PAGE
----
Wednesday, June 13, 2007

Big firm salaries in Miami

Above the law covers Miami salaries here.

From an April DBR article:

Playing its hand in the South Florida associate pay stakes, Greenberg Traurig raised the starting base salaries of its rookie lawyers in Miami and Fort Lauderdale to $135,000 and their total compensation packages to more than $150,000....
The base salary of Greenberg’s first-year lawyers now will match that of White & Case, which in February announced that it had raised first-year salaries to $135,000 in Miami.
Holland & Knight, Hogan & Hartson and Akerman Senterfitt recently raised salaries for rookie lawyers to $130,000 in South Florida.
Hunton & Williams has raised its first-year salaries to $145,000 in Miami. Two New York-based firms, Weil Gotshal & Manges and Boies Schiller & Flexner, pay first-years $160,000 in their South Florida offices.



Any thoughts?

8 comments:

SWLiP said...

Somebody bring me a buck, as I think I'm going to throw up.

... Ahh. That's better.

SWLiP said...

Er, that's "bucket".

Paul D. Cravath said...

They're worth every penney. After all, wouldn't you entrust your most important legal affairs to someone who can't even find the courthouse, has never so much as handled a motion hearing, probably has no clue how to negotiate anything more than their benefits package -- and, statistically, will be gone from the firm in just a few years.

Anonymous said...

hey paul d.
i bet they know how to spell "penny" - maybe that is why you need them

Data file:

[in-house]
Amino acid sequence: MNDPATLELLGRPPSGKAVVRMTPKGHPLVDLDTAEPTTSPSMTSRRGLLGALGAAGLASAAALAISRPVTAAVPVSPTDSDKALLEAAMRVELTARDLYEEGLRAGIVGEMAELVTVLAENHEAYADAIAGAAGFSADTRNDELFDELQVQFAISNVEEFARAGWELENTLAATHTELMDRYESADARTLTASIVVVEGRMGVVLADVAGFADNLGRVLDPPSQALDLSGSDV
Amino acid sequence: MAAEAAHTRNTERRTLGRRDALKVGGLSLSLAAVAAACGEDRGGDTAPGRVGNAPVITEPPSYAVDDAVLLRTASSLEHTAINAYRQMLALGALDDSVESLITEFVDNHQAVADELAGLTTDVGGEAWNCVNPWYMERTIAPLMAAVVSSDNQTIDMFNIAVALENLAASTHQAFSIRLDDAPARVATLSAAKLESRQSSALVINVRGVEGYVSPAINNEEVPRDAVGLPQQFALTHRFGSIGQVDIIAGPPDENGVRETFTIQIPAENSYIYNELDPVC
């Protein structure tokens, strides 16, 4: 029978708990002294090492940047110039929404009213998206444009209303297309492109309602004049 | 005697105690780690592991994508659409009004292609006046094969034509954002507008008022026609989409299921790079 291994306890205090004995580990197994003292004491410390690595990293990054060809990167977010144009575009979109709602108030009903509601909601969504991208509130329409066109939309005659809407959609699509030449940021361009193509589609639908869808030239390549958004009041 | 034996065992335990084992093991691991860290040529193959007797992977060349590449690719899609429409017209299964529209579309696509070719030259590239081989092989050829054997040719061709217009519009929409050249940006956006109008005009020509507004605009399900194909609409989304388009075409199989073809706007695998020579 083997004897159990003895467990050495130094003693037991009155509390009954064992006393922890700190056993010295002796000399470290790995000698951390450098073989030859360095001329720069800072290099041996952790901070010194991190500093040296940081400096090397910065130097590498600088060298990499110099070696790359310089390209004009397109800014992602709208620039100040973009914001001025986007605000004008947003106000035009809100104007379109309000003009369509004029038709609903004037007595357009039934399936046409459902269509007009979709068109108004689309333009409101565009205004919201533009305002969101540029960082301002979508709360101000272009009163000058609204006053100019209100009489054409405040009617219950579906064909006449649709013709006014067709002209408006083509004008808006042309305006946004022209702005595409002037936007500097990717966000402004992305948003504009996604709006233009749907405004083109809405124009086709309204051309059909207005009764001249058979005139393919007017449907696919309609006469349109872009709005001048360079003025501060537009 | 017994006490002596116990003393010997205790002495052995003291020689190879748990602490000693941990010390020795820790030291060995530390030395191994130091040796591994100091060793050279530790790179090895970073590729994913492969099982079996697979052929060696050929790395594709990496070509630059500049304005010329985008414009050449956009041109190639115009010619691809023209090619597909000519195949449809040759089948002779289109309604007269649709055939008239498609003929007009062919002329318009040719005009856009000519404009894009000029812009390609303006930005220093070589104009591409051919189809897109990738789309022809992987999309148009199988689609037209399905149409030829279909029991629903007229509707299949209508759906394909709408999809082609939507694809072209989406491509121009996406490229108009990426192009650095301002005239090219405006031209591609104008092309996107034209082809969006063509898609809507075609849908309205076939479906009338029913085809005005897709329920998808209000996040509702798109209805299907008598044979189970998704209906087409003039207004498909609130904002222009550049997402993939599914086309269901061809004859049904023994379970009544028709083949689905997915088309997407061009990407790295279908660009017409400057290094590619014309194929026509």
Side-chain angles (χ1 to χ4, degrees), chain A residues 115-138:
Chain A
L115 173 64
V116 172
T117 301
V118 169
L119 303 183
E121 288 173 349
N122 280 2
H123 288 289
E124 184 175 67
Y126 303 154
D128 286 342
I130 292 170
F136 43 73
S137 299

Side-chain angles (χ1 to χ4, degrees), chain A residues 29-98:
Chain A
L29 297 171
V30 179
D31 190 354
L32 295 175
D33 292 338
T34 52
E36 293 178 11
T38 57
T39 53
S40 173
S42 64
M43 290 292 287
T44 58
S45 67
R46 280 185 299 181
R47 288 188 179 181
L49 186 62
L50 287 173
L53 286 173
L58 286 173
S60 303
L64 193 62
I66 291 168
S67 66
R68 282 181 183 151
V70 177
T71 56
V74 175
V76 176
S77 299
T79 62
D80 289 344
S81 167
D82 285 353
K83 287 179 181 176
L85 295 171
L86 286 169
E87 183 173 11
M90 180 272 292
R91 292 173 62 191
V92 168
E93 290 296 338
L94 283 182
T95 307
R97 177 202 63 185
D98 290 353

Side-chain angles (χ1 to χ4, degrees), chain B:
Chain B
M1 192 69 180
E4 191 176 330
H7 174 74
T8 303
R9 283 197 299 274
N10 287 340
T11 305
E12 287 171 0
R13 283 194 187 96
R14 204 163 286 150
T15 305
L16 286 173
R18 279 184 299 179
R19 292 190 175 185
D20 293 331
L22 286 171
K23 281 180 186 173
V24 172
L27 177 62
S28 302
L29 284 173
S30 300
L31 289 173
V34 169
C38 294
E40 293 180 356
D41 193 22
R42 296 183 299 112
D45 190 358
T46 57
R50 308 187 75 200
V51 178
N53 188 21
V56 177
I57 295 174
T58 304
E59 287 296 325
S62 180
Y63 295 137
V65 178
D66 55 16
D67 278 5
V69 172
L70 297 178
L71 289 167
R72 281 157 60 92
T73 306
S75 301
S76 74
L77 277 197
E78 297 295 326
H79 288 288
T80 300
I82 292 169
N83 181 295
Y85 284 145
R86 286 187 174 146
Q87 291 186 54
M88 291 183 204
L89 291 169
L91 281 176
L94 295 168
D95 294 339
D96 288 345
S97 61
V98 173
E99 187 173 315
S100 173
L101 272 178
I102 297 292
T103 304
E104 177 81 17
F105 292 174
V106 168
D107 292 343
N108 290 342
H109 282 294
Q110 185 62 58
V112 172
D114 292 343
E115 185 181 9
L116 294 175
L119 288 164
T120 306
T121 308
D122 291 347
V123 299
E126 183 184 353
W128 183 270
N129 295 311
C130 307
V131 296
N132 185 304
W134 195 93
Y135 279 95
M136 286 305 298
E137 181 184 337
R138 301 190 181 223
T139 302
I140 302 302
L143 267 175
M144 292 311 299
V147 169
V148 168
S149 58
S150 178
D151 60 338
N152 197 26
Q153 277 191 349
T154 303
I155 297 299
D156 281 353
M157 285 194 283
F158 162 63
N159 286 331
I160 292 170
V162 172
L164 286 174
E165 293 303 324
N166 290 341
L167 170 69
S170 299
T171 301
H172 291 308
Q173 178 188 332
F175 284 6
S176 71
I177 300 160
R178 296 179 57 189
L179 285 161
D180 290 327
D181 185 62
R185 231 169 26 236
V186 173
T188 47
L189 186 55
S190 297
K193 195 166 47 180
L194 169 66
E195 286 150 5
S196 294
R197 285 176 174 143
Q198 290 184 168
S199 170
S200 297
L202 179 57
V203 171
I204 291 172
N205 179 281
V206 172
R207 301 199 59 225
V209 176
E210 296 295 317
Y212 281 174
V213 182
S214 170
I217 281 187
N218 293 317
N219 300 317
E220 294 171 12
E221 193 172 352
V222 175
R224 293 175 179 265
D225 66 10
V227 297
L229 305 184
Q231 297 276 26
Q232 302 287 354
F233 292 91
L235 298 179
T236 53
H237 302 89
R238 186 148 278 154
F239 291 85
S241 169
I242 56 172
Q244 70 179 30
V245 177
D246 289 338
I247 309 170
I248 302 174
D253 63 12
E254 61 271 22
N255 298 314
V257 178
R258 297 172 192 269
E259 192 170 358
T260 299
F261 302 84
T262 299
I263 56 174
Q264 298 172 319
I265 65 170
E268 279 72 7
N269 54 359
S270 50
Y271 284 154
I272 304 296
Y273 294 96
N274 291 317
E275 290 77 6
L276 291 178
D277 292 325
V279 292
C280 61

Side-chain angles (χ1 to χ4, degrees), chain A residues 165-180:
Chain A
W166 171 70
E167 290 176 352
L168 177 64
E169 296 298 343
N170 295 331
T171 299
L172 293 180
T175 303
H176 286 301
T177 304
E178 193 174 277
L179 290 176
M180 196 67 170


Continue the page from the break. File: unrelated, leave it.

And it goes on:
Anonymous said...

Ouch!

Paul D. Cravath said...

I spell better than you will when you've been dead, like me, for over 70 years. Now that you got past the spell-check, do you disagree with the rest of my from-the-grave analysis of salaries for the untrained, untested, transients who will enter and leave these firms before the end of the decade?

Anonymous said...

paul d.
you seem to be on the money on your substance - in a reality-based world, the amount of money paid to new associates is absurd. on the other hand, the firms are going to get their money's worth out of these kids, and they do want most of them to eventually leave. they certainly don't want an army of new partners to share their wealth. the smart young associate will make some big money, pay off their loans, bank some, and then go do something worthwhile with their lives, in or out of law, including getting a job that let's them have a life with their spouse and kids, if they have them

Anonymous said...

but do these young associates get the chance to have problems introducing documents at trial using the elmo?